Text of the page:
Baltimore officials have lifted a 10 p.m. curfew and National Guard troops have begun to withdraw as peaceful protests continue over the death of Freddie Gray. On Friday, Baltimore City State’s Attorney Marilyn Mosby announced a range of charges against the six officers involved in Gray’s arrest and transport, including murder and manslaughter. Gray’s family says his voice box was crushed and his spine was "80 percent severed at his neck." Police said they arrested Gray for looking a lieutenant in the eye, then running away. We play excerpts from Mosby’s dramatic announcement, when she acknowledges protests calling for justice in the case and argues officers illegally arrested Gray without probable cause, then ignored his pleas for medical help. "To the youth of this city, I will seek justice on your behalf. This is a moment. This is your moment," Mosby says. "Let’s ensure that we have peaceful and productive rallies that will develop structural and systemic changes for generations to come. You’re at the forefront of this cause. And as young people, our time is now."
The six Baltimore police officers charged in Freddie Gray’s death have been released after posting bonds of $250,000 to $350,000. Meanwhile, Alan Bullock, an 18-year-old who turned himself in for participating in riots, is facing a bond of $500,000. Democracy Now! host Amy Goodman speaks with residents Sunday as they welcome the charges against the officers but note there is much more work to be done to reduce police brutality and improve accountability.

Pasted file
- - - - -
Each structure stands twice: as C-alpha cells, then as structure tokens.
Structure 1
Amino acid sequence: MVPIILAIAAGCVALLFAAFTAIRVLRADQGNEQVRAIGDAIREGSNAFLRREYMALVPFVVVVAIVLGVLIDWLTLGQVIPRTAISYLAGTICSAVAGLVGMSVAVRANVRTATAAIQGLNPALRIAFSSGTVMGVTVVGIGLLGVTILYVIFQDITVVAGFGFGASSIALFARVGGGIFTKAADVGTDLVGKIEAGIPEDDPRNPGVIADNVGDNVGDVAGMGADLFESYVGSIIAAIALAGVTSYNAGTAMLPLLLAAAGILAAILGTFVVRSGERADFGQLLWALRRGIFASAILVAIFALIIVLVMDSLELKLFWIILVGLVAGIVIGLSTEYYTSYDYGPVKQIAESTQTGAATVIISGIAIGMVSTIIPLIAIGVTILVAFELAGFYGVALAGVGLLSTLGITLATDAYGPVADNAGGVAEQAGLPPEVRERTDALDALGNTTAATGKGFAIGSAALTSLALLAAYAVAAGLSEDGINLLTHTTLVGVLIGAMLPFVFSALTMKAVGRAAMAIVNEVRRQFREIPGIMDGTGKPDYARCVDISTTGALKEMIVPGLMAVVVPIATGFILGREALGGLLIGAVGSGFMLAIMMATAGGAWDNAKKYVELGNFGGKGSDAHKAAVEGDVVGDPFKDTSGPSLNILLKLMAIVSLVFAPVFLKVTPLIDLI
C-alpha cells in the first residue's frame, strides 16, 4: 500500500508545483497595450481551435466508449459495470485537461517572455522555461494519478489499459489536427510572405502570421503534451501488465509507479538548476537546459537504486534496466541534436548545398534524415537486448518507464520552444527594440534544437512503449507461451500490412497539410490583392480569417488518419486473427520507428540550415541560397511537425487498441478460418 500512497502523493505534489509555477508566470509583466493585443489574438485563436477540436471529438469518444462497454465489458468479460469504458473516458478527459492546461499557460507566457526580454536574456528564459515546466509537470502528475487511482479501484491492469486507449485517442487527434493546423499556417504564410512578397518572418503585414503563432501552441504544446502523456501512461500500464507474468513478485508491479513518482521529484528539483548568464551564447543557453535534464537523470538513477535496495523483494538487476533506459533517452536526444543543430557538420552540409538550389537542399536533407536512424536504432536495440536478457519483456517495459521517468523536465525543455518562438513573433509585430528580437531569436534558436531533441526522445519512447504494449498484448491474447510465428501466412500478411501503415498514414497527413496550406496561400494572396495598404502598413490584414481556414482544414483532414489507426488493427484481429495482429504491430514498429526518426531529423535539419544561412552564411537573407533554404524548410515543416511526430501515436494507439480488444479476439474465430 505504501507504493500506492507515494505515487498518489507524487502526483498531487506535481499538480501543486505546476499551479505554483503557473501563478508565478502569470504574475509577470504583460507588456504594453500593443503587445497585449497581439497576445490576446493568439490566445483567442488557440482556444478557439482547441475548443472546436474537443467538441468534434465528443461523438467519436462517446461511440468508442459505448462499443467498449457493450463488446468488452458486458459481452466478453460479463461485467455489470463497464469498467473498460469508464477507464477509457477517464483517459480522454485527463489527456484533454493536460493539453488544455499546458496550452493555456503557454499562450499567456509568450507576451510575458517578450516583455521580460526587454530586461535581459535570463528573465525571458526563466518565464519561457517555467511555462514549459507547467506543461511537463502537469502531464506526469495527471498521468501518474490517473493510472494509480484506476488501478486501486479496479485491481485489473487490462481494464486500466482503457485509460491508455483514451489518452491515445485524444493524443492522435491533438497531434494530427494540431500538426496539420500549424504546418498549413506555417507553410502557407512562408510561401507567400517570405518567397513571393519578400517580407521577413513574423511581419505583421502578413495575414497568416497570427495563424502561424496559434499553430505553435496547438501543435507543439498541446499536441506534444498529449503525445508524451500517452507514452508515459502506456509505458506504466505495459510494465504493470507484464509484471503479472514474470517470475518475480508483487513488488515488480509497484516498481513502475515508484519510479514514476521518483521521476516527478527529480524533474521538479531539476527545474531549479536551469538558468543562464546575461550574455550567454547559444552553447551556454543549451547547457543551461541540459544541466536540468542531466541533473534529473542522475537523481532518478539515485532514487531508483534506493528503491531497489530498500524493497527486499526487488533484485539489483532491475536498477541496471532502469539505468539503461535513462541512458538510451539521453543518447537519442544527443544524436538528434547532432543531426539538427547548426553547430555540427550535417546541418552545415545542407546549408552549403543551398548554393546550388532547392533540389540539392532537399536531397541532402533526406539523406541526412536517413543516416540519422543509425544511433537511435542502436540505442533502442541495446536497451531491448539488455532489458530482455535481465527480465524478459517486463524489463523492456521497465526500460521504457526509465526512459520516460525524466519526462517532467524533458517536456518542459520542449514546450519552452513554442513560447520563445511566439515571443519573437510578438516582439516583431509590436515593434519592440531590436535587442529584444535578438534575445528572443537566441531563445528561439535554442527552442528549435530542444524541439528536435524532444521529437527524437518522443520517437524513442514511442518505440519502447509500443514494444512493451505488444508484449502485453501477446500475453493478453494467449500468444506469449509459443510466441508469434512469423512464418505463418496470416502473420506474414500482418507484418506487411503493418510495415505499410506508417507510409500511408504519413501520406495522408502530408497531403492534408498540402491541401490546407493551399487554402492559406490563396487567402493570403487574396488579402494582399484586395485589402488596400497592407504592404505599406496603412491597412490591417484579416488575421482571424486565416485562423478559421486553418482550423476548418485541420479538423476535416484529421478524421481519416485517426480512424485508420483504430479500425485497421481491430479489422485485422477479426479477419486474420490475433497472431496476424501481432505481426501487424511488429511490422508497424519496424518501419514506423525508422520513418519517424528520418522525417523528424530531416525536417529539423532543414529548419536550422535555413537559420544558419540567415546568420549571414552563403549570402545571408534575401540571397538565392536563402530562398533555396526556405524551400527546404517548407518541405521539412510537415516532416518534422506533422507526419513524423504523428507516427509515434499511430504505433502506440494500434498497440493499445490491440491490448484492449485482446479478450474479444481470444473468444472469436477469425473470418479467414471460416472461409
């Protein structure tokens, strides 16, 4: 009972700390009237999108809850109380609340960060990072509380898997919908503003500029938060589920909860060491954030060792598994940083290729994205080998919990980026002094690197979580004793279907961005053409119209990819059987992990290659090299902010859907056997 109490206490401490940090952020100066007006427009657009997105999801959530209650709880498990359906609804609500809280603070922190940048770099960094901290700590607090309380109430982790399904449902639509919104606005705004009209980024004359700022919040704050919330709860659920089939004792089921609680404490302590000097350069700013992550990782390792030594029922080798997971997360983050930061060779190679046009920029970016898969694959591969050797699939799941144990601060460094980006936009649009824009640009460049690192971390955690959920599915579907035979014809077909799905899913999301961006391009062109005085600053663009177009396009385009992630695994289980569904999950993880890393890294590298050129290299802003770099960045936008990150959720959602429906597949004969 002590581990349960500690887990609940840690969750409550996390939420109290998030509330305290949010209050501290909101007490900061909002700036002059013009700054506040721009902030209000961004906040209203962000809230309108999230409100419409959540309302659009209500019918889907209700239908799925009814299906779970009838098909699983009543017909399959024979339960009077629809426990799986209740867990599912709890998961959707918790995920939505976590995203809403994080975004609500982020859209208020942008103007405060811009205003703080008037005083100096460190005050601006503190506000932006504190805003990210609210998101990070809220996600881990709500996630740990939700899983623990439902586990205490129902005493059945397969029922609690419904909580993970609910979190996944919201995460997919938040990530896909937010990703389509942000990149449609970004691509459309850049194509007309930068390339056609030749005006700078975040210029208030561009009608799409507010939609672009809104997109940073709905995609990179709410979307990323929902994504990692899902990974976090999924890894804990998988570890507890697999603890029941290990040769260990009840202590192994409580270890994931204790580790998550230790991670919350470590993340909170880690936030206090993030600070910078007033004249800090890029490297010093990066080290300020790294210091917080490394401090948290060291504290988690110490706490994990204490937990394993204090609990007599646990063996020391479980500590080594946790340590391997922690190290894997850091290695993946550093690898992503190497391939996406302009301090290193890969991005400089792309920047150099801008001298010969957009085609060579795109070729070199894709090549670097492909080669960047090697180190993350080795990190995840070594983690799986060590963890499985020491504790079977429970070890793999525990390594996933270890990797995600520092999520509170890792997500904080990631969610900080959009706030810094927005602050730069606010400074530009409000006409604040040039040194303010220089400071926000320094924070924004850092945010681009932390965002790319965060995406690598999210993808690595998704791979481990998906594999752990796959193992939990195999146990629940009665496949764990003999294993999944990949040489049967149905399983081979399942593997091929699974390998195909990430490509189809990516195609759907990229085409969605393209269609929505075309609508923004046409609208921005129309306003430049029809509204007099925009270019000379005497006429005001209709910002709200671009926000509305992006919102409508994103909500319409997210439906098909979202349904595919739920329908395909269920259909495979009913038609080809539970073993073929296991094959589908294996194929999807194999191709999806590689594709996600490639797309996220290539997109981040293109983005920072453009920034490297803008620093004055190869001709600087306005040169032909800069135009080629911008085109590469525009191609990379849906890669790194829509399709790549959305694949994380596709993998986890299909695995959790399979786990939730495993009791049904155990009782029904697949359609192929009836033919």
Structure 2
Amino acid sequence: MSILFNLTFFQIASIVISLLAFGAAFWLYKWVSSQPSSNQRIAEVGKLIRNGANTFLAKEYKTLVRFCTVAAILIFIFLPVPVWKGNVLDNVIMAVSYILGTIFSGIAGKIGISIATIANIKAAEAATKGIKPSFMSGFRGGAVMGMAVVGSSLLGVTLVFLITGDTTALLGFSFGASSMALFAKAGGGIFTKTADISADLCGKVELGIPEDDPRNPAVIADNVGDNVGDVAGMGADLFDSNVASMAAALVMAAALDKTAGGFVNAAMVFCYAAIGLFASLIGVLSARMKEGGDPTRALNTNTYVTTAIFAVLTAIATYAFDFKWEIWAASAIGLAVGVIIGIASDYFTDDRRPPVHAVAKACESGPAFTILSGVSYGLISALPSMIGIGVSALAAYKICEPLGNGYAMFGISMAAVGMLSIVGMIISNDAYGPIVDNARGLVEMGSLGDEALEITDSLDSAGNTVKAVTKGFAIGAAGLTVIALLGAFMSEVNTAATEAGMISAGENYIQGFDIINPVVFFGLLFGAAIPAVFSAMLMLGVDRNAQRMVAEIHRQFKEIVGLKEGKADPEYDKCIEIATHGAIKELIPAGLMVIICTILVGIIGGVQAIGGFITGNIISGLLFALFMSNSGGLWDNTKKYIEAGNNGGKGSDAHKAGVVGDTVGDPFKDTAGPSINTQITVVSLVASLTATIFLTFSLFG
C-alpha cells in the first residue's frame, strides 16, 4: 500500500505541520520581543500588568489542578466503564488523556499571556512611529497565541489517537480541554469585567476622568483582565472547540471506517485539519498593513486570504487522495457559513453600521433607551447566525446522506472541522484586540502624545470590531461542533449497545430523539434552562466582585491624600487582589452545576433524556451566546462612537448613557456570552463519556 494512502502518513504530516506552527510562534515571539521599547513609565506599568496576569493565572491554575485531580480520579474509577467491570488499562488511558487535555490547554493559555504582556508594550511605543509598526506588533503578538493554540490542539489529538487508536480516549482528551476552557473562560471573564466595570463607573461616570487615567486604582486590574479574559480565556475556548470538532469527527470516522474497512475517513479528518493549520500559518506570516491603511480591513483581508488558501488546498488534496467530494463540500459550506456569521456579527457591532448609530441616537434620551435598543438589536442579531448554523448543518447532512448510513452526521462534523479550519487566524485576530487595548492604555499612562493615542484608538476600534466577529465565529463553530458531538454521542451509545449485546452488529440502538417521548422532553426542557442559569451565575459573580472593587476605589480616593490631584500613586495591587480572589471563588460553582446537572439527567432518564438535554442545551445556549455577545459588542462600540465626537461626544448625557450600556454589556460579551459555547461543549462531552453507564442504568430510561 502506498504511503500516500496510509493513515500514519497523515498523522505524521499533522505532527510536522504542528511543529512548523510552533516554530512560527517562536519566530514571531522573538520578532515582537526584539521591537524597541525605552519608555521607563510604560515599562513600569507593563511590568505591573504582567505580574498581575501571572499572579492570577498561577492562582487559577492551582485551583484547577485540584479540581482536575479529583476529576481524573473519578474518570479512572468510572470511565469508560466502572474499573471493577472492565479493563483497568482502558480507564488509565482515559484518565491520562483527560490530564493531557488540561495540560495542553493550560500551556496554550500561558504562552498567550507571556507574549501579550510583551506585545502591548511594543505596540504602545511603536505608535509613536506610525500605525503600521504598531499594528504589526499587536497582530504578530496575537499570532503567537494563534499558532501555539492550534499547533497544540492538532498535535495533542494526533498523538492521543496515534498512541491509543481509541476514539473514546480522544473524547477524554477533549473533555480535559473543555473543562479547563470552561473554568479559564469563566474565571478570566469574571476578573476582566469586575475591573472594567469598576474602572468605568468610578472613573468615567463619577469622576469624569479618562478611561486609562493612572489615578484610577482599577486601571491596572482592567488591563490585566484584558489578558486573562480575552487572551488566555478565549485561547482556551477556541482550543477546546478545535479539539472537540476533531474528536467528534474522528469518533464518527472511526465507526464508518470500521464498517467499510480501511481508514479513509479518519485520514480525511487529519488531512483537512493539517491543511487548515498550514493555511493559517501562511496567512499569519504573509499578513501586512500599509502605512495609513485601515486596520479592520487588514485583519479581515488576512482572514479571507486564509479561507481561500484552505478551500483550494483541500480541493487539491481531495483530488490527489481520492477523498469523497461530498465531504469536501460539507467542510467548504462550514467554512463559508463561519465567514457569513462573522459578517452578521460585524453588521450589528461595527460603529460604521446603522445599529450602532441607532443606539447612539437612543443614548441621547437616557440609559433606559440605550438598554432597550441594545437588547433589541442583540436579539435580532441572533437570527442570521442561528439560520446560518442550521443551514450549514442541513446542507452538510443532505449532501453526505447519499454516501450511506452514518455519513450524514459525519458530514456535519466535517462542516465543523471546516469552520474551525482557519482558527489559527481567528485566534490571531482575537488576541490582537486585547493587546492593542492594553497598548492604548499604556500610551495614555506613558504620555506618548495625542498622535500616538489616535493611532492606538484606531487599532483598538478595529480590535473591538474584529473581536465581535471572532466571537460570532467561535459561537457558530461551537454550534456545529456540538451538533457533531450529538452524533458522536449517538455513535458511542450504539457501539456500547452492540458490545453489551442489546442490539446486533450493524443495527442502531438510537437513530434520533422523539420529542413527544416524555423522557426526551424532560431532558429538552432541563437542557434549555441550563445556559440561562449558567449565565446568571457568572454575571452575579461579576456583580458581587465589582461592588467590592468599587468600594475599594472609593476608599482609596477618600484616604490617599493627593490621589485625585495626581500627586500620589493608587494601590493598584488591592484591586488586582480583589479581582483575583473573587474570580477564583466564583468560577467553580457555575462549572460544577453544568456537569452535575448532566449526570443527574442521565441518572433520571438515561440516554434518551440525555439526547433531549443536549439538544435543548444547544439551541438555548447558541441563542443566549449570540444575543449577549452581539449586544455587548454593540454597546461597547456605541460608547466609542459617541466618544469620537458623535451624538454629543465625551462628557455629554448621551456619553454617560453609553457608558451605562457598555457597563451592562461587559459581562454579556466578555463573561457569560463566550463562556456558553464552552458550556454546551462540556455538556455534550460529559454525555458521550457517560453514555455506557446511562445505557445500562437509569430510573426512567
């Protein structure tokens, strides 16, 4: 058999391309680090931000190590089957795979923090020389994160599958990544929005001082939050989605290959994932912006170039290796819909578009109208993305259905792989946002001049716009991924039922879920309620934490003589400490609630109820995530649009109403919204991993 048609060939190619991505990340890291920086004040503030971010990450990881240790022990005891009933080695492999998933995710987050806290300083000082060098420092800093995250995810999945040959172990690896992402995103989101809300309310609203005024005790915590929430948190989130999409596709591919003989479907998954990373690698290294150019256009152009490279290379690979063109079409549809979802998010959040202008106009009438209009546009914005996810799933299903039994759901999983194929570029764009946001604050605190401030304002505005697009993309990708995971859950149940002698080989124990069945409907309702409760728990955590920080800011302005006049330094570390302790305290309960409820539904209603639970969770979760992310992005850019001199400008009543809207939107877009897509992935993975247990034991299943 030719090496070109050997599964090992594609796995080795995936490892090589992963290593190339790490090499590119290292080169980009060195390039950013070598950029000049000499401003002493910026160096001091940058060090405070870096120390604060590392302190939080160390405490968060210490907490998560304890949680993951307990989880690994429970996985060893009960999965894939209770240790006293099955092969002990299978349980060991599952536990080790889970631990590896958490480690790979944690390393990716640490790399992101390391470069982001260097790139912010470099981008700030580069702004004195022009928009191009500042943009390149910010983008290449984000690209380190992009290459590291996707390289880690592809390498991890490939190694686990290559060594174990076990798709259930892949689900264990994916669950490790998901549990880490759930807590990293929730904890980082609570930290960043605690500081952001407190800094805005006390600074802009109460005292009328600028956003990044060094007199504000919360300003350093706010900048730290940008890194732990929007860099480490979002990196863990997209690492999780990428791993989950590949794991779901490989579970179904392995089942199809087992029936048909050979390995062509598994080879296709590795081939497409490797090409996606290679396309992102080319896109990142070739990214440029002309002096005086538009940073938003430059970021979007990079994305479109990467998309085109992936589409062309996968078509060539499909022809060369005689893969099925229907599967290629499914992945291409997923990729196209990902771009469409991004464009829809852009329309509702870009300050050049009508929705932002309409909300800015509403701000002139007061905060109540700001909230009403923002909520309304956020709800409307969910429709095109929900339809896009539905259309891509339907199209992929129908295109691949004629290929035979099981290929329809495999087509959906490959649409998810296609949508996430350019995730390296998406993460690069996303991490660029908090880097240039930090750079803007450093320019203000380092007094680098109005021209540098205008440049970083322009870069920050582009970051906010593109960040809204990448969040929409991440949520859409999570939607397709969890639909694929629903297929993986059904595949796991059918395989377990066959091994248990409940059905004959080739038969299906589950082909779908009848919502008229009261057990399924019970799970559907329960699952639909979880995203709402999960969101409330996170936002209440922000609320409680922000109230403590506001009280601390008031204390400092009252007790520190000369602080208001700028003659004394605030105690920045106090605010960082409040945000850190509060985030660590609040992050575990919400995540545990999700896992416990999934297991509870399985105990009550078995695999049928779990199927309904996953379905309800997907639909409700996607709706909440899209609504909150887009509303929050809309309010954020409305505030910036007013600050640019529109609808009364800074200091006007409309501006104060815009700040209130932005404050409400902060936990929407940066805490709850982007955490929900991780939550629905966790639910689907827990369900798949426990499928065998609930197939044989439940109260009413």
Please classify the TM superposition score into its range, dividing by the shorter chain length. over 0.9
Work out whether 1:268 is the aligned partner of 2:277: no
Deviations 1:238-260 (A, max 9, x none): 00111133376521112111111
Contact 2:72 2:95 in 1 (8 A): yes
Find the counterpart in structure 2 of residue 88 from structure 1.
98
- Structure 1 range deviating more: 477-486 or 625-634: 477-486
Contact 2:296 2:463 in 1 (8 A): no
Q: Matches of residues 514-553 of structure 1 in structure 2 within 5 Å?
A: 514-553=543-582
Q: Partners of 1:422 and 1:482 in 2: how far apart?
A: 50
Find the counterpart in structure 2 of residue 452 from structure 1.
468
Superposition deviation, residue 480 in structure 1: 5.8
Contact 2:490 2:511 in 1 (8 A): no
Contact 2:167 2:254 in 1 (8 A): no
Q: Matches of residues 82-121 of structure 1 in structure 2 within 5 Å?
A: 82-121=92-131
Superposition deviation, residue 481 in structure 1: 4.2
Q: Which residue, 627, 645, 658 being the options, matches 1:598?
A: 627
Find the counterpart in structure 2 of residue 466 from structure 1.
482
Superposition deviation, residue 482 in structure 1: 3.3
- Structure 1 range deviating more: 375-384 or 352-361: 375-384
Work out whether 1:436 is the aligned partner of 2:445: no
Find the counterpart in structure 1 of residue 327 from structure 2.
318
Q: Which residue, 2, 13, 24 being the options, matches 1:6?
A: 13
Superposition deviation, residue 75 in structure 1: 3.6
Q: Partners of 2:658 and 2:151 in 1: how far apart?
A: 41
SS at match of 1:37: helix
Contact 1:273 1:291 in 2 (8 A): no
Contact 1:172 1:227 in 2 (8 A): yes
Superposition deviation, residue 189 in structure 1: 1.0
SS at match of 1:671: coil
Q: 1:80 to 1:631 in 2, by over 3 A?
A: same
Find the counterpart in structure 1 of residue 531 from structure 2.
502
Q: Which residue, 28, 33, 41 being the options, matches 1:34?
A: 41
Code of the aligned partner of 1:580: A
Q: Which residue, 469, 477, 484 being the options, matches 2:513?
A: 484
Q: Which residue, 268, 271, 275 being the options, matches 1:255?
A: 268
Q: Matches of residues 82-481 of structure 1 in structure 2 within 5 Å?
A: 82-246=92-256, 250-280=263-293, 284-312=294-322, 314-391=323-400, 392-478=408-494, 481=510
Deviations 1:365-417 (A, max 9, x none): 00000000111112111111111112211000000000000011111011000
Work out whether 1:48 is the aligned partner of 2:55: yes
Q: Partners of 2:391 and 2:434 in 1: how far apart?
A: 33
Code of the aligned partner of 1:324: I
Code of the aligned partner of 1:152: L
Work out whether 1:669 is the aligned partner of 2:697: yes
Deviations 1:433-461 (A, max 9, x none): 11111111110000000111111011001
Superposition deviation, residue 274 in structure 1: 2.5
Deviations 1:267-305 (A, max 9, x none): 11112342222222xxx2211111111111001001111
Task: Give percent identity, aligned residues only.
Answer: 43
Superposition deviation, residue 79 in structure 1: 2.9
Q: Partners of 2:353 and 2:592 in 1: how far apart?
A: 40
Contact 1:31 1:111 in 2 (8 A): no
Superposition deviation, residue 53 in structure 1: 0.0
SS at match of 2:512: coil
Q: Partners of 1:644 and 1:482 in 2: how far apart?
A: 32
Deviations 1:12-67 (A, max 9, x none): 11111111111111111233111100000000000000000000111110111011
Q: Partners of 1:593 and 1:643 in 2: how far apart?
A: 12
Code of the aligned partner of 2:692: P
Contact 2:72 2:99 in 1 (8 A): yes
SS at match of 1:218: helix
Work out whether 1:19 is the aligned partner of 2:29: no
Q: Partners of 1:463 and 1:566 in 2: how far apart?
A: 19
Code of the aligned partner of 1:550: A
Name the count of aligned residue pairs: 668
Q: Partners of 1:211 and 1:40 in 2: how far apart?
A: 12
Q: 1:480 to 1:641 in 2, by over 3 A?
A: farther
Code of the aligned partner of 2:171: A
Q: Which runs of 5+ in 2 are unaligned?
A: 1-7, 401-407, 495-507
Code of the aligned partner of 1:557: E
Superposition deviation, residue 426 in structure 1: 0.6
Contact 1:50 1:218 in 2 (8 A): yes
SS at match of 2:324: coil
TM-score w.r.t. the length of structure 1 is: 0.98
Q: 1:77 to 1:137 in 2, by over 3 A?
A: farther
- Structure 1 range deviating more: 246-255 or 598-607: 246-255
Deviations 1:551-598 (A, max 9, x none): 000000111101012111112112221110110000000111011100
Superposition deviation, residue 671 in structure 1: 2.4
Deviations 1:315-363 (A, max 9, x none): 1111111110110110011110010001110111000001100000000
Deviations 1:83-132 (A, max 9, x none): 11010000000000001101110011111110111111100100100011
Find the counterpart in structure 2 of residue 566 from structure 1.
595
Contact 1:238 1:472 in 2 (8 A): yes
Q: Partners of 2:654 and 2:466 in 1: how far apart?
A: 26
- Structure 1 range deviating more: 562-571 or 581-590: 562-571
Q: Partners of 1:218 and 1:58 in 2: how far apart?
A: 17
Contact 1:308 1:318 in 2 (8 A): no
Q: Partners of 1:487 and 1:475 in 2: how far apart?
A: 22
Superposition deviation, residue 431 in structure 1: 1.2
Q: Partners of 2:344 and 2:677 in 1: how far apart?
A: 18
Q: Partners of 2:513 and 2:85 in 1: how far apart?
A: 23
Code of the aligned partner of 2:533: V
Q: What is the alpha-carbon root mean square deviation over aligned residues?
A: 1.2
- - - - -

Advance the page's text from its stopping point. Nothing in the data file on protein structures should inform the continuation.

As protesters in Baltimore set fire to buildings and vehicles last Monday to protest the death of Freddie Gray, protesters in the Mexican state of Guerrero drove a burning truck into the congressional building in the capital Chilpancingo. The protesters were marking seven months since the disappearance of 43 students. Relatives have continued to question the Mexican government’s claim the students were attacked by local police and turned over to members of a drug gang, who killed and incinerated them. We speak with three relatives of the missing students: María de Jesús Tlatempa Bello, mother of José Eduardo Bartolo Tlatempa; Clemente Rodríguez Moreno, father of Christian Alfonso Rodríguez Telumbre; and Cruz Bautista Salbador, uncle of Benjamín Ascencio Bautista. The relatives have criticized U.S. support for the drug war, saying Mexico is using the aid to kill innocent people. "If they were really fighting organized crime, as the United States government says, then the crime rates would have gone down," Bautista Salbador says. "Apparently they are not fighting organized crime; they are fighting organized people."
Full episodes of Democracy Now! can be viewed at the link: https://freespeech.org/collection/democracy-now.
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